Immediately after the attack, the Baath regime had razed the town of Halabja to the ground; there was no possibility of return. Many survivors stayed in Iran; others continued to hide in the mountains. The majority of survivors were forcibly resettled by the Baath regime in a so called mujamma (collective town) cynically named “New Halabja” at a distance of some 70 km from the destroyed town. Like other urban settlements built for Anfal survivors, “New Halabja” was a camp-like structure with housing, schools, and medical facilities. Its population lived under military control and was forbidden to leave and, especially, to set foot in Halabja.Footnote 19
In 1991 a U.S.-led military coalition attacked Iraq in reaction to the latter’s invasion of Kuwait. The Kurds in Iraq—seeing finally a chance to defeat the dictator—followed the U.S. call to arms, but were let down and abandoned by the coalition after its armistice with Iraq. The Kurdish insurrection was subsequently brutally crushed by Iraqi forces. At the moment of defeat, two million Kurds fled in utmost panic to Iran and Turkey, leaving behind all their belongings. The images of their mass exodus went around the world in the Spring of 1991. The panic among the fleeing Kurds could only be explained by their fear of further poison gas attacks that had been deeply imprinted into the minds of the Kurdish people in 1988.
In response to the mass exodus, Dutch and British troops set up safe havens for the refugees and the United Nations declared a no-fly zone over Iraq to prevent the Baath regime from carrying out airstrikes.Footnote 20 In the wake of these events the Kurds achieved provisional autonomy and a Kurdish government was democratically elected in 1992. Anfal survivors started to reconstruct their villages and Halabja poison gas attack survivors returned to their home town, from then on referred to by all Kurds as Halabja shehid—the “martyr’s town of Halabja.”
Despite these first steps toward their safety, the survivors would stay in precarious conditions for another twelve years. The Kurdish Regional Government had not been internationally recognized; the Kurdish region suffered from international sanctions against the whole of Iraq and an additional embargo from Baghdad imposed on the Kurds. There was no trustworthy agreement about Kurdish autonomy with the Iraqi regime, and the fear that the Baath-regime will come back was pervasive throughout those years. Iran and Turkey frequently intervened militarily in the unstable region and from the mid-1990s the two main Kurdish political parties, the Kurdistan Democratic Party (KDP) and the Patriotic Union of Kurdistan (PUK), engaged in a bloody internal struggle for power and resources that caused further violence and death in the region.Footnote 21
During all those years until 2003, Halabja poison gas survivors lived in a city of ruins, in extreme poverty, facing multiple new waves of violent conflict, and fearing that the Baath regime will come back and the catastrophe will recur. Absorbed in a daily struggle for survival they had no possibility to rest, take care of themselves, reconstruct their town and lives and thus regain some trust, courage, and hope. Instead, anger and bitterness added to their injury and exacerbated their suffering. In the 1990s the people of Halabja were outraged about the lack of assistance by both the Kurdish parties and government and the international community. They denounced Western countries’ previous complicity with the Iraqi Baath regime and its production of chemical weapons and urgently called upon the international community to engage in the reconstruction of Halabja. They felt betrayed and forgotten once again.Footnote 22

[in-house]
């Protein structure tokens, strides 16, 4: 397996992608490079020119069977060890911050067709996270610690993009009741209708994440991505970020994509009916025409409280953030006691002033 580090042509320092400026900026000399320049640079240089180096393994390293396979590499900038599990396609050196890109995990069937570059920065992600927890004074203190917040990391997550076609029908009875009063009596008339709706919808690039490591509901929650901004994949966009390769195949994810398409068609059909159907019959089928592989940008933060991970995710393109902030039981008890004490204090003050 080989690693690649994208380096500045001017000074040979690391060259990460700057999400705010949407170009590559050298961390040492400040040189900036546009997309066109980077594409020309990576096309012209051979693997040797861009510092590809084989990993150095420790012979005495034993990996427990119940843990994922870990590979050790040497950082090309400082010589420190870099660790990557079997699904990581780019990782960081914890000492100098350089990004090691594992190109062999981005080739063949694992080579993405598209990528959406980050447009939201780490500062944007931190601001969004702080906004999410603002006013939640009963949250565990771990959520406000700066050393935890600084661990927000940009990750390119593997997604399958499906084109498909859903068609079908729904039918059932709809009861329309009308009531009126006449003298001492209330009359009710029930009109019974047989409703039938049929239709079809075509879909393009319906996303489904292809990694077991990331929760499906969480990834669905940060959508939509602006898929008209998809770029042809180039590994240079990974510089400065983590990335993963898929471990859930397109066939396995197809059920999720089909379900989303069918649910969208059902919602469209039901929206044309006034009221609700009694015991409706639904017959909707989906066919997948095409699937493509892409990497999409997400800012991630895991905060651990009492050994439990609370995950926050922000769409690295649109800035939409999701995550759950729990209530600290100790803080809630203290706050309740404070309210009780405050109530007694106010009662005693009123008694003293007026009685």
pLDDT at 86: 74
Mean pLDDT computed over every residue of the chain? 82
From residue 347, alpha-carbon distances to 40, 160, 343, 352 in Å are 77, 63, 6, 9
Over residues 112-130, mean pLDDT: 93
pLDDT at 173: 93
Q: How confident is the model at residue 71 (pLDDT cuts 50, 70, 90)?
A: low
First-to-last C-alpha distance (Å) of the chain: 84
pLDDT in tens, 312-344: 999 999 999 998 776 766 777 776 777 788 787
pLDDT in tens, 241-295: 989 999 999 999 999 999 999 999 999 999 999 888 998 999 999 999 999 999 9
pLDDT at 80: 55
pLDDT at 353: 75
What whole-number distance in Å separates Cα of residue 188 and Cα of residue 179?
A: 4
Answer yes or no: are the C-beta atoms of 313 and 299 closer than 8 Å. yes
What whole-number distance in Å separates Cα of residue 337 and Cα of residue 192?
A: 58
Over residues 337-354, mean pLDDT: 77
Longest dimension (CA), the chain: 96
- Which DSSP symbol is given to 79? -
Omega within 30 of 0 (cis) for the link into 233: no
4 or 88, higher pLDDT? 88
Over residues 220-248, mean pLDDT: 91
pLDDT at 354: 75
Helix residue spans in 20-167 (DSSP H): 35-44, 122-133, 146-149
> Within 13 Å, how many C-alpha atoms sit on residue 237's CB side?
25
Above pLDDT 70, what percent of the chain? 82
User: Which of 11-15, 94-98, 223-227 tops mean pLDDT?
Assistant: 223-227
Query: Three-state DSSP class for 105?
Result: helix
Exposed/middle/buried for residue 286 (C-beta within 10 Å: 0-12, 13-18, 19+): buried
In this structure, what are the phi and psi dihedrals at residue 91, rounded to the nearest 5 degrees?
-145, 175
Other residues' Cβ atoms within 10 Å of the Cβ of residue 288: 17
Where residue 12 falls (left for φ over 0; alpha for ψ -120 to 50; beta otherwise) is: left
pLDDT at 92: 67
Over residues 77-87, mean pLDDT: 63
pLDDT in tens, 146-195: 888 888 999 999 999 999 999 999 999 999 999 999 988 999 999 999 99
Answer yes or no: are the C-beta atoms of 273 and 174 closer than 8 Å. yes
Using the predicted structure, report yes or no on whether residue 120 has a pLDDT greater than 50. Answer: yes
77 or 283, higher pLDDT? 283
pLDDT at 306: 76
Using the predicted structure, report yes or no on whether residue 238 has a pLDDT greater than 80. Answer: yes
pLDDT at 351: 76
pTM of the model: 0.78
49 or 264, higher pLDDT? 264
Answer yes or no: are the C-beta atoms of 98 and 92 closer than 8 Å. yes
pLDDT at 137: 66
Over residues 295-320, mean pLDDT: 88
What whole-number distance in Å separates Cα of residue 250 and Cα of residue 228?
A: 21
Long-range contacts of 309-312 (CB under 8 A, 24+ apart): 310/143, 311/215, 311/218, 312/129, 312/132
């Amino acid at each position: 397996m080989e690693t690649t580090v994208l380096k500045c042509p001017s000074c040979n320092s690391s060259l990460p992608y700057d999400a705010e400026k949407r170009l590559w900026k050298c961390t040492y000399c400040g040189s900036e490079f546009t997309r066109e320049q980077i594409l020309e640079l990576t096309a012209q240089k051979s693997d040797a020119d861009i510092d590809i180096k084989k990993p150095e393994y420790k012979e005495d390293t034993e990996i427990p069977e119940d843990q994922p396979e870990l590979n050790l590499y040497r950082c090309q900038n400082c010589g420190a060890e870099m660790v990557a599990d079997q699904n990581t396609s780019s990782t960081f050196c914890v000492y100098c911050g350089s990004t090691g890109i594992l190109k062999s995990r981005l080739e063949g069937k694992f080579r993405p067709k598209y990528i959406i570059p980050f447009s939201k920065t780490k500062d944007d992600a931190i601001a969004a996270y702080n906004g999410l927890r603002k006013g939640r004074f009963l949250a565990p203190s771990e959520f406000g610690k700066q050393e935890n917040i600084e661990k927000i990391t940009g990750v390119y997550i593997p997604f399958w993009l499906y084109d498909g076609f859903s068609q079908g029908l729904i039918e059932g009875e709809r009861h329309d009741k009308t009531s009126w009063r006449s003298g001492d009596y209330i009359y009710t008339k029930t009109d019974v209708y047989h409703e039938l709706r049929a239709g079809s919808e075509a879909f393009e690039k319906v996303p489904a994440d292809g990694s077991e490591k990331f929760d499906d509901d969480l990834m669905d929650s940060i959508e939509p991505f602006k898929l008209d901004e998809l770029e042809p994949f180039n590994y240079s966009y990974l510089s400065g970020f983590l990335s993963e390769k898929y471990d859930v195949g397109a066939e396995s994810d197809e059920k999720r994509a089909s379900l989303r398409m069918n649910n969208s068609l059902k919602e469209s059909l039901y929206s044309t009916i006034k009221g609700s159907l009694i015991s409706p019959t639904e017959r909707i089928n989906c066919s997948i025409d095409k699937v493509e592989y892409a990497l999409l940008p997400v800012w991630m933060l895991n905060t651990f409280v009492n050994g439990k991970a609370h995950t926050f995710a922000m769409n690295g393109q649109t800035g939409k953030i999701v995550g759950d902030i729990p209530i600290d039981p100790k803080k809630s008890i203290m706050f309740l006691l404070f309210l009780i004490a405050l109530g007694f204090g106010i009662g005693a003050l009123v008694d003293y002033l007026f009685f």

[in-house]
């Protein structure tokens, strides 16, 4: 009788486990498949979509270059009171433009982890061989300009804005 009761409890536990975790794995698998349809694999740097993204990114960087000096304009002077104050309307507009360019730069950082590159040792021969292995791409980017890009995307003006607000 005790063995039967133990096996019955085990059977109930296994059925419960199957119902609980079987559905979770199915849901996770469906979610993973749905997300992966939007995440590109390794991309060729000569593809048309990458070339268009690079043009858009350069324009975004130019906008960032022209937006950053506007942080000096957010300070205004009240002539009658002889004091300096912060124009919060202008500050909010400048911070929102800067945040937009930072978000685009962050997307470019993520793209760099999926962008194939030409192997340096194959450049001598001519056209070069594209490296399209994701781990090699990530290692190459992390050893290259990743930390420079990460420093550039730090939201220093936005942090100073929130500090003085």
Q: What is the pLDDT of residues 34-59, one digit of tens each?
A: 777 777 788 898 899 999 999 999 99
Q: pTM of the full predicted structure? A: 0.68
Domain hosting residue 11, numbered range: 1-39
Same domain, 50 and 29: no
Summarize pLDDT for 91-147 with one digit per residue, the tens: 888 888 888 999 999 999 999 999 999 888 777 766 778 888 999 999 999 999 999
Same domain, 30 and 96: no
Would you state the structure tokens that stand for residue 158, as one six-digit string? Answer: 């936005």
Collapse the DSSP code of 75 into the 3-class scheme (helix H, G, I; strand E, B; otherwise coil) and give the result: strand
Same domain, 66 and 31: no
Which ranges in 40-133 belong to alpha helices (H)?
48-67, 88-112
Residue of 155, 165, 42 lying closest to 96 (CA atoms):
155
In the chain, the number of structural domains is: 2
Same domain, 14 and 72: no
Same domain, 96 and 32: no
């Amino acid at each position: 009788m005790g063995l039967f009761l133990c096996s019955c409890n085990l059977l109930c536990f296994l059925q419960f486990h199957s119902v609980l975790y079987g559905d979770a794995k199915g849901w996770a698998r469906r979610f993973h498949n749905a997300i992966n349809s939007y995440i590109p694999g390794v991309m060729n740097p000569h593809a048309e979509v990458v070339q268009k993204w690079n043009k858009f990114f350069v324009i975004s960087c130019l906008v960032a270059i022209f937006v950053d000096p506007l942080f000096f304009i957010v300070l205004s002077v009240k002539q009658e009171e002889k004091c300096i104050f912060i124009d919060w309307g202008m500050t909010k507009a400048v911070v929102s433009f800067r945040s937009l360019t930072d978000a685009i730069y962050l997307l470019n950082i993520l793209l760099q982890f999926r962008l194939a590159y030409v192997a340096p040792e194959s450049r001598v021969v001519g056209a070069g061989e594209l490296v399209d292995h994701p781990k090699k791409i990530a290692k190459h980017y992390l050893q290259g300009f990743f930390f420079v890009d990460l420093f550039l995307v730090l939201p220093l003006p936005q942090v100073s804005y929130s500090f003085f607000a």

4.3 Changes After 2003
The situation only changed in 2003 with the second U.S.-led invasion of Iraq. In the run-up to the invasion, U.S. president George W. Bush made frequent reference to Saddam Hussein’s use of poison gas against his own population. After years of silencing, the chemical attack against Halabja now became an argument for legitimizing the invasion.Footnote 23 This time the military invasion led to the demise of the Baath regime and as such was enthusiastically welcomed and celebrated all over Kurdistan. For the first time after 1988, a sense of safety was restored to the Halabja survivors. The sanctioning of Kurdistan as an autonomous region in a federal state of Iraq by the Iraqi constitution of 2005 brought about a sense of political stability. The main perpetrators—Saddam Hussein and Ali Hassan al-Majid— were sentenced to death by the Iraqi High Tribunal and executed. Al-Majid received four death sentences for crimes against humanity, war crimes, and genocide against the Kurds and was hanged in 2010. Saddam Hussein was already executed on December 30, 2006 for the massacres against Shiites in Dujail before the Anfal and Halabja trials had come to an end.Footnote 24 Internationally, there has been a highly controversial debate about the legitimacy of the trials because of the strong U.S. role in the set up of the trials, the victor’s justice involved, and the non-compliance with international law standards.Footnote 25 However, for the Anfal and Halabja survivors, these trials—the fact that survivors gave testimonies in a court of law facing the main perpetrators—were important milestones for restoring their sense of justice and satisfaction. Yet many survivors were disappointed that Saddam Hussein was not executed for Halabja and Anfal, as they wanted his death to be linked in the historical record to these crimes (Mlodoch 2014, 364–365).